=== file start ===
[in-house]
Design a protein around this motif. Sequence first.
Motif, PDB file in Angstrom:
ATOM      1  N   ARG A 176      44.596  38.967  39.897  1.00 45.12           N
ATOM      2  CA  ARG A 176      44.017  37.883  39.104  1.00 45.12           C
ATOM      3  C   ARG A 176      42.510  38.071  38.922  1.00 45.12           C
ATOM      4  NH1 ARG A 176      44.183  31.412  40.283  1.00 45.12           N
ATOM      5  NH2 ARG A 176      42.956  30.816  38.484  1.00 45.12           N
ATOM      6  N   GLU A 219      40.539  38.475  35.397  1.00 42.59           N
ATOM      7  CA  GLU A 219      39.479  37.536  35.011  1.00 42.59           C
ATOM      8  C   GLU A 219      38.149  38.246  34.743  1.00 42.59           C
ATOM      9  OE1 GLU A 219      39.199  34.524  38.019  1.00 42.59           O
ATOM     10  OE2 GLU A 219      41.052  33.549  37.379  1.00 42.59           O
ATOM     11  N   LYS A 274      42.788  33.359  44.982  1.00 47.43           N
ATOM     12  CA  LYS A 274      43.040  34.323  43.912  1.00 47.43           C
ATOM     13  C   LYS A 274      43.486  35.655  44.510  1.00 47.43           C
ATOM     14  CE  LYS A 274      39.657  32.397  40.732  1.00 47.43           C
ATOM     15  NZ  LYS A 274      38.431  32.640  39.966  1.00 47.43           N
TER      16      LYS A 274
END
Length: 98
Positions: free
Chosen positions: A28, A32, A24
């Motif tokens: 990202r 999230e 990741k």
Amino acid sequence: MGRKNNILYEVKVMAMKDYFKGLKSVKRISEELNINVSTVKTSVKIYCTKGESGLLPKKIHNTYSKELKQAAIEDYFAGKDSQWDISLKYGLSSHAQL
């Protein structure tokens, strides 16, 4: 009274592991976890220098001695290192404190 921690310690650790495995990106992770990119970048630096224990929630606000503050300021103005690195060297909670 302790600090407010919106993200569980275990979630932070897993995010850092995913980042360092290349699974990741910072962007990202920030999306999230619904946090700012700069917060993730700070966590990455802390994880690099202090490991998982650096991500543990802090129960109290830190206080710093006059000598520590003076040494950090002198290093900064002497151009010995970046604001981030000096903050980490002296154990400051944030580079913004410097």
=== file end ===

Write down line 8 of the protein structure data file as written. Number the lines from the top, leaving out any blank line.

ATOM      5  NH2 ARG A 176      42.956  30.816  38.484  1.00 45.12           N